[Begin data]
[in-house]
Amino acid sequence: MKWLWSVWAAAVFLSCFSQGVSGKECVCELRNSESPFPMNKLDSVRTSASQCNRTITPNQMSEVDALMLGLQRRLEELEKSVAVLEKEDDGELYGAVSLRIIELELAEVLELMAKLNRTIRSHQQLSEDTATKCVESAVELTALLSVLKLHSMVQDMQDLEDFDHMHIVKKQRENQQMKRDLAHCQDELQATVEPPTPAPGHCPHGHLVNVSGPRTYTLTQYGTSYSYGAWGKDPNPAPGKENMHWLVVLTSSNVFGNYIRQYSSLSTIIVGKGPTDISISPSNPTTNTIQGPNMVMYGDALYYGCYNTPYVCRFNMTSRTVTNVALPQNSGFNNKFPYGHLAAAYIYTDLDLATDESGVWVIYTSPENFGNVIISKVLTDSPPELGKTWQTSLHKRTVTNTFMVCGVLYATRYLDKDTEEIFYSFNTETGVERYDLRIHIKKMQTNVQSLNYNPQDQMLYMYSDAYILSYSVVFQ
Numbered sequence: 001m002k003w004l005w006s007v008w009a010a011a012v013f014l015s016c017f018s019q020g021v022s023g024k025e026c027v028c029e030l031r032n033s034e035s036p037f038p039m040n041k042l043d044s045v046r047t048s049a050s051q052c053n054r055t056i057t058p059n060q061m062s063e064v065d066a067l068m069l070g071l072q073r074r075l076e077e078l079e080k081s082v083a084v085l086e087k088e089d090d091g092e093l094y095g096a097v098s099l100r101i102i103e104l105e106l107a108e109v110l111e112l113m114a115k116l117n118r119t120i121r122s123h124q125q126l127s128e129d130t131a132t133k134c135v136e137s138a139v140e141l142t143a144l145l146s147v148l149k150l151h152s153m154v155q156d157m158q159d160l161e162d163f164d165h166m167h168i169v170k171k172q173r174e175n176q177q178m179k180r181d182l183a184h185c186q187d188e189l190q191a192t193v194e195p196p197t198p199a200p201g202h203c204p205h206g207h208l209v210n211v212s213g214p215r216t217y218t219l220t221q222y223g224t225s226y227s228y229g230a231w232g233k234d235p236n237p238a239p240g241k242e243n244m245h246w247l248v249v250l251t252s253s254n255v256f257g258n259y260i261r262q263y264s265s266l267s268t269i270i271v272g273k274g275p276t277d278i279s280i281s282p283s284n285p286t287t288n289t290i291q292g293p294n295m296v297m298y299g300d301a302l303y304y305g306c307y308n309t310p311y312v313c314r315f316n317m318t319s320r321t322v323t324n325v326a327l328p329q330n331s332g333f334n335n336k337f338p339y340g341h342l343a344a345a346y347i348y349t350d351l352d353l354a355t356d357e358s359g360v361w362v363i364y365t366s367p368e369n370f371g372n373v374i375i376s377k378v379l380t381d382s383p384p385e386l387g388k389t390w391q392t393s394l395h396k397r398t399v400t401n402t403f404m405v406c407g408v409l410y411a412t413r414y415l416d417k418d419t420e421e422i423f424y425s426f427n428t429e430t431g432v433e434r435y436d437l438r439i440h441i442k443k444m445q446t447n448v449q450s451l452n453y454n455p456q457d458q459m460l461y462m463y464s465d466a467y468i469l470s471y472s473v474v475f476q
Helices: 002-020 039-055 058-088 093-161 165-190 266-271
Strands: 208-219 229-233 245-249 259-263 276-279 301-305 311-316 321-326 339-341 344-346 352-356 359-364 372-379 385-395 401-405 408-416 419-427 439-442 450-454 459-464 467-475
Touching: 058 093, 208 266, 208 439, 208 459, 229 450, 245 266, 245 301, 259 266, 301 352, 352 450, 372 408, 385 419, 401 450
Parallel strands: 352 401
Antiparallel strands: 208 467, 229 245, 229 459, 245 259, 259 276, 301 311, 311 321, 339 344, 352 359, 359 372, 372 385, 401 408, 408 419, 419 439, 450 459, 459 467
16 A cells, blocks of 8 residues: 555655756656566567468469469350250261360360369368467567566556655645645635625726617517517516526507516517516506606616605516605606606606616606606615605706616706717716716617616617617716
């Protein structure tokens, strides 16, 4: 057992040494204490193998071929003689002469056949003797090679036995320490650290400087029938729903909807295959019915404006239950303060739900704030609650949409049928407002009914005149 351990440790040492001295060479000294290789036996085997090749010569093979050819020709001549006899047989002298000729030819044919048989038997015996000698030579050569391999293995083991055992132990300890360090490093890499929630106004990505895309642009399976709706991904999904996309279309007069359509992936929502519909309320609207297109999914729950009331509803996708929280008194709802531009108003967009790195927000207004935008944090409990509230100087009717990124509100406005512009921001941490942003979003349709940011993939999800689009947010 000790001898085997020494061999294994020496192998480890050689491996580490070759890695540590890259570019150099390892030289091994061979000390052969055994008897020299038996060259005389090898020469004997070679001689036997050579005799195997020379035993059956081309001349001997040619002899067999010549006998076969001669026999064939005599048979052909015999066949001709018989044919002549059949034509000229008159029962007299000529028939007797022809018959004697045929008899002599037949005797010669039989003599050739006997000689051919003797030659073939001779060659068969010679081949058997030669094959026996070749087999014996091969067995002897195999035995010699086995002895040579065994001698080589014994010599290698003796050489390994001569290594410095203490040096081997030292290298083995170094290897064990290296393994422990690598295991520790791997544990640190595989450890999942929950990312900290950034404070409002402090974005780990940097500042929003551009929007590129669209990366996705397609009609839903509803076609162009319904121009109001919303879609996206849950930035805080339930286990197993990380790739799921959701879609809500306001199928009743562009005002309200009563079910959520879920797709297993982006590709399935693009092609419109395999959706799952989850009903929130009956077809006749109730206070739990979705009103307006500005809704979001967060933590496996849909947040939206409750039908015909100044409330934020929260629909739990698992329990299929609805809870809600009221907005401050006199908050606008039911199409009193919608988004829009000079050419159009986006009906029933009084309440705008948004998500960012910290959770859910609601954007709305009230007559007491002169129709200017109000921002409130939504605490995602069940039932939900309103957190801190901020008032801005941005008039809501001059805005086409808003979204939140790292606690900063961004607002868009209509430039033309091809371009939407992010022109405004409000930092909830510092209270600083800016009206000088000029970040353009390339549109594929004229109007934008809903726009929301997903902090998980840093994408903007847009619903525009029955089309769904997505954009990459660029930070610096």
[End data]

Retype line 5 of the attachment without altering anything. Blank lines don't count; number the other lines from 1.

Strands: 208-219 229-233 245-249 259-263 276-279 301-305 311-316 321-326 339-341 344-346 352-356 359-364 372-379 385-395 401-405 408-416 419-427 439-442 450-454 459-464 467-475